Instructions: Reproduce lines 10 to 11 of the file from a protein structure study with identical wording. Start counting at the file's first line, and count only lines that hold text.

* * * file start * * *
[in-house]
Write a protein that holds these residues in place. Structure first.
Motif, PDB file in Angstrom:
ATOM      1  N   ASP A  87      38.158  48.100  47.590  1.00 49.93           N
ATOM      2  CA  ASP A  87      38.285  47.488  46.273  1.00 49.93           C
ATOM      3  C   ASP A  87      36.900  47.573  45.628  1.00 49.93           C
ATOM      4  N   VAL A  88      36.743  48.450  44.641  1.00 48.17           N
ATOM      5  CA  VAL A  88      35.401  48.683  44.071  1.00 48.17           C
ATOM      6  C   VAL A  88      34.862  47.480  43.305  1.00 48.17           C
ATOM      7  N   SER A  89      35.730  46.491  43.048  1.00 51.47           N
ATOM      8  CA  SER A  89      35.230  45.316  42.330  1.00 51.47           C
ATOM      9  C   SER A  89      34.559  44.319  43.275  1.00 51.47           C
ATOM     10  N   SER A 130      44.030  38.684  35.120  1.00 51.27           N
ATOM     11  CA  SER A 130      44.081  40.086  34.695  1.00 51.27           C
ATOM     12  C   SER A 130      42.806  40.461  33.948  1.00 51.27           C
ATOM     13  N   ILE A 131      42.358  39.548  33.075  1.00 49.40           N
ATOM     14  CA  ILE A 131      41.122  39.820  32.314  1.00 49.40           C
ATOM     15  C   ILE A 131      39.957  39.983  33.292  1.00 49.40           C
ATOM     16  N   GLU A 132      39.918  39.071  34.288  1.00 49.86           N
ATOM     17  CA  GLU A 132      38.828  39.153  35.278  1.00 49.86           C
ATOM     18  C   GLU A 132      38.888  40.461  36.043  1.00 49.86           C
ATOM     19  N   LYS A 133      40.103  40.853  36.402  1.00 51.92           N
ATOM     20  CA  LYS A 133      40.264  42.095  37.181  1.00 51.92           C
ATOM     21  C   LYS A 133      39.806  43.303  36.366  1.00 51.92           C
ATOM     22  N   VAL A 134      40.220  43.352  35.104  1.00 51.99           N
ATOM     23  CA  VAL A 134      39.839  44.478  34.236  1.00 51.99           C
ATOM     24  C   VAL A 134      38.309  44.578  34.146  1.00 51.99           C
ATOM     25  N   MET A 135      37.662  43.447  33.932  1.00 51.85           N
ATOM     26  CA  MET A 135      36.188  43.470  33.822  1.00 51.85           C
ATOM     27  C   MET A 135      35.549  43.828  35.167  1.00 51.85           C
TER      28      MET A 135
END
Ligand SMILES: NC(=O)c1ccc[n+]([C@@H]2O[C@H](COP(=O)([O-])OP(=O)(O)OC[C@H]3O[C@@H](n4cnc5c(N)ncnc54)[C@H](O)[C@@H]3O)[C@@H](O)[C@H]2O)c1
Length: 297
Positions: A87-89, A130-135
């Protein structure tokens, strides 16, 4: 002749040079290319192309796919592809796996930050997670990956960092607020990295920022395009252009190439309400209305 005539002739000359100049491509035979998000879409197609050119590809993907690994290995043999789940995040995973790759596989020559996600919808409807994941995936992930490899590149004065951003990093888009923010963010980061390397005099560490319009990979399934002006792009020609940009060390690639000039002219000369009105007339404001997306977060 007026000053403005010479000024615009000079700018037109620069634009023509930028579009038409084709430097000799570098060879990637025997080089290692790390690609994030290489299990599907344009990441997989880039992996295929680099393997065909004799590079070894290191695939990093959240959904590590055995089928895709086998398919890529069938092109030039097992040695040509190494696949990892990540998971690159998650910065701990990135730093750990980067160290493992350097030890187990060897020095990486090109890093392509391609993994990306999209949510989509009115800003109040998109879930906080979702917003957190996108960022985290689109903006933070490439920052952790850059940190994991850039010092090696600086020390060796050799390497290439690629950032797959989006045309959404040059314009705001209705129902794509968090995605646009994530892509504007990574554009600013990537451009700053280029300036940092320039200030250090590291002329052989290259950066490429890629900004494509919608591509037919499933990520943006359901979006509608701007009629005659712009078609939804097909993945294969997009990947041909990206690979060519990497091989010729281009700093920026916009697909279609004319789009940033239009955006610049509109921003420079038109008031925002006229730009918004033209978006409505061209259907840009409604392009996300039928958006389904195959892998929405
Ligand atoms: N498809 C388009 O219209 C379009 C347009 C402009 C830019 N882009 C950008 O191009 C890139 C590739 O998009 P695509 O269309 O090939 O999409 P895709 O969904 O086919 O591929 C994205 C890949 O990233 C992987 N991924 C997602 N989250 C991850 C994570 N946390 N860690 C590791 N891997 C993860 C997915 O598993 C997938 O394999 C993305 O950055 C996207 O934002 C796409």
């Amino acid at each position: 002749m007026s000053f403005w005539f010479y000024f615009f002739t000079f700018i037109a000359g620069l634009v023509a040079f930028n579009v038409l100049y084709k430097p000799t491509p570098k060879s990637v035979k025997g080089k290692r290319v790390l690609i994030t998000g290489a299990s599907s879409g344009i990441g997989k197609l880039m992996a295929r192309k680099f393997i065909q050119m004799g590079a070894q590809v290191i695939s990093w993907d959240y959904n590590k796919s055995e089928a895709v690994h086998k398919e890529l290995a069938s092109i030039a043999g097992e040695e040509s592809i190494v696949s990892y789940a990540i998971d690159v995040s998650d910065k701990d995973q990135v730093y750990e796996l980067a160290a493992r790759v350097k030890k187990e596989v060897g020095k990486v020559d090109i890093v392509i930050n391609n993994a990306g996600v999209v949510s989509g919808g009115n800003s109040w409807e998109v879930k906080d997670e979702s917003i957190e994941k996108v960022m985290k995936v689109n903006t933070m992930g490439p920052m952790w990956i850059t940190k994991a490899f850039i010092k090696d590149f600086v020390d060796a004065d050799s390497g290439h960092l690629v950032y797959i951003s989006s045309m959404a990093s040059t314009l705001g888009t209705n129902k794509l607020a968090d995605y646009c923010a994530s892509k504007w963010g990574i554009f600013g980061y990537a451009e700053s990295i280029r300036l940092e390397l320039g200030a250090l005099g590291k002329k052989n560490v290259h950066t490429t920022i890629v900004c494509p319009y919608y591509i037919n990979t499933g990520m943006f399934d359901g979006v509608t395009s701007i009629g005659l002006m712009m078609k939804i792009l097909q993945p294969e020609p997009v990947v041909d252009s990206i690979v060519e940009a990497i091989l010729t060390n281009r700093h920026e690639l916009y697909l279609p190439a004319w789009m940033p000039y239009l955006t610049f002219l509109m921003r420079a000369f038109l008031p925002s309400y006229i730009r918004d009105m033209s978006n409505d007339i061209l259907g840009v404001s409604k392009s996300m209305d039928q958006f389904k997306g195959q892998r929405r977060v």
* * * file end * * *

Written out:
ATOM      7  N   SER A  89      35.730  46.491  43.048  1.00 51.47           N
ATOM      8  CA  SER A  89      35.230  45.316  42.330  1.00 51.47           C